Back in the Tangtse valley, we had an encounter with what we thought was a beaver-like creature (but what we later realized is called a Himalayan Marmot and belongs to the squirrel family). These were shy creatures who would scurry into their burrows when we got near. But there was one of them – an old female (who must have been used to the human adulation). She accepted biscuits and carrots and posed for quite a few snaps. Boy did she enjoy the attention we showered on her!

So yes, we continued to Leh, this time we did not stop at Chang La. There was a half-hour delay because the road was broken by a stream at one point, and drivers were placing large stones to pave a way. I must mention here that drivers cooperate with each other very well. They must – else they would never be able to drive on these narrow roads.

We were in town by half past noon. We took bath (remember – the camp had only cold water – impossible to bathe in at that early hour) , lunch and some rest. In the evening we again went to town but this time on foot. We had a leisurely stroll through the main city and were back by 7:30, our stomachs full of snacks. Needless to say, dinner was very light. And, since we had to hit the road early the next morning for Nubra valley, we went to bed pretty early too.

Day 5: Wed, 21st July – Leh-Nubra Valley
Trashi was waiting for us by 6:45, and at 7 we were on our way, this time to Nubra valley. The Dalai Lama was visiting Nubra at this time and hence there was very heavy traffic headed in the same direction as us. There was a 20-minute delay due to a traffic jam at a check point.

We reached Khardung-La pass – what India claims is the highest motorable road in the world – by 9 am. But because of the delay we did not stop here. We reserved that for the return trip. The road condition here is much worse than the Pangong route. It was almost 10:30 when we hit the Nubra valley. Boy, is the valley vast or what (at least that's how it looks). For a change, we saw signs of civilization – villages, schools, flat roads – even a 3-road T junction (a rarity in these parts of the world).

We went straight to Sumoor where there is a grand Gompa. This place was very crowded in anticipation of the Dalai Lama's visit. People were dressed in traditional Ladakhi attire. We wanted to visit the temple but due to security reasons we weren't allowed in. We tried to find out about the timing of Dalai Lama's visit but couldn't get much information. Finally, at 12:45, we decided there was no point in just waiting. We decided to leave Sumoor.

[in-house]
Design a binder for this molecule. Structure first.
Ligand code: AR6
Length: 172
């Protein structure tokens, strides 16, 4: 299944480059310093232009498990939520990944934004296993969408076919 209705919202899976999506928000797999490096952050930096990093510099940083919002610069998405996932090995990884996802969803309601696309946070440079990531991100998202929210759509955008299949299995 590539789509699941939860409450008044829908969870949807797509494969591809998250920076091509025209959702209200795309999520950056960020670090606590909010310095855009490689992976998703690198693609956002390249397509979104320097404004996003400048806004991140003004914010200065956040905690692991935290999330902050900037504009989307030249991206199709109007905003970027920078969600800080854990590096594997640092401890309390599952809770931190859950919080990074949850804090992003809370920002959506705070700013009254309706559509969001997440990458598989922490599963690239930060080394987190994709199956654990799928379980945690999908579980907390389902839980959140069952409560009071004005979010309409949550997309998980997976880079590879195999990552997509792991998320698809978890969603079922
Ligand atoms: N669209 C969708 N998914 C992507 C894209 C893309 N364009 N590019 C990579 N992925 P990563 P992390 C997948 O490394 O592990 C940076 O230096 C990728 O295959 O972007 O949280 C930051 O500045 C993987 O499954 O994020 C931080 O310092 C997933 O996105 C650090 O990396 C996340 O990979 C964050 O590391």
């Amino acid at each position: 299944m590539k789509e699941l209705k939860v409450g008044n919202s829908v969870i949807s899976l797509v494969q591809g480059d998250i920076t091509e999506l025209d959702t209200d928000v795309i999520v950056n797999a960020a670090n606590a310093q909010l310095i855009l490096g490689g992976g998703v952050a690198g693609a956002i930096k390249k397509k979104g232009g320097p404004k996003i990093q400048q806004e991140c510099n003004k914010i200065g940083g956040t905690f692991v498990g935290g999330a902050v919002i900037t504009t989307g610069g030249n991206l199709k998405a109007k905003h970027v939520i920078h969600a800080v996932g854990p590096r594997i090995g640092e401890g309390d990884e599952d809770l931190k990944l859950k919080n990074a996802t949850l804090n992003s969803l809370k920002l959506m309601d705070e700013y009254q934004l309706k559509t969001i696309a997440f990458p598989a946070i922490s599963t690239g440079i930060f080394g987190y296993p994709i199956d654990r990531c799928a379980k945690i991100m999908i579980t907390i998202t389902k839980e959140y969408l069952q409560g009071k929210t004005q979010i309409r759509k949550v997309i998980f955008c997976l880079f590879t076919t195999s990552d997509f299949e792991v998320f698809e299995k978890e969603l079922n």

We wanted to go to check out the hot water springs at Panamik – but came to know that there was waterlogging at one point and hence the road was closed. So we went to Diskit instead. We reached Diskit by 1:30. Quite a big chunk of the way consists of flat, long straights on the valley floor. We checked in to the Hotel Olthang. The guy who allotted us our room was a very strange guy – he was very polite to us, he even carried the bags of one foreigner; but he was very rude to our driver. Wonder why this attitude. He wasn't a local for sure – you don't find thins kind of behaviour among Ladakhis.

Anyway, we had lunch and some rest, after which we went to Hunder for the camel rides. Hunder is just 20 minutes from Diskit. You see some proper sand dunes on the way here. You might think you are in Rajasthan – only when you look up and see the mountains are you reminded of where exactly you are. There was a big crowd at the camel ride. To add to it, we did not like the way the camels were being treated. It appeared that they were not taken care of. We did not ride them. Later, we came to know by talking to people that these double-humped camels, which are unique to Ladakh and Gobi desert in Mongolia, are actually seen in the wild here. During the tourist season, these “trainers” bring them in for rides, and during winters, they just leave the camels in the wild – without feeding them properly. This made us really sad. I don't know whether to believe this – but it looks like there is some amount of truth there.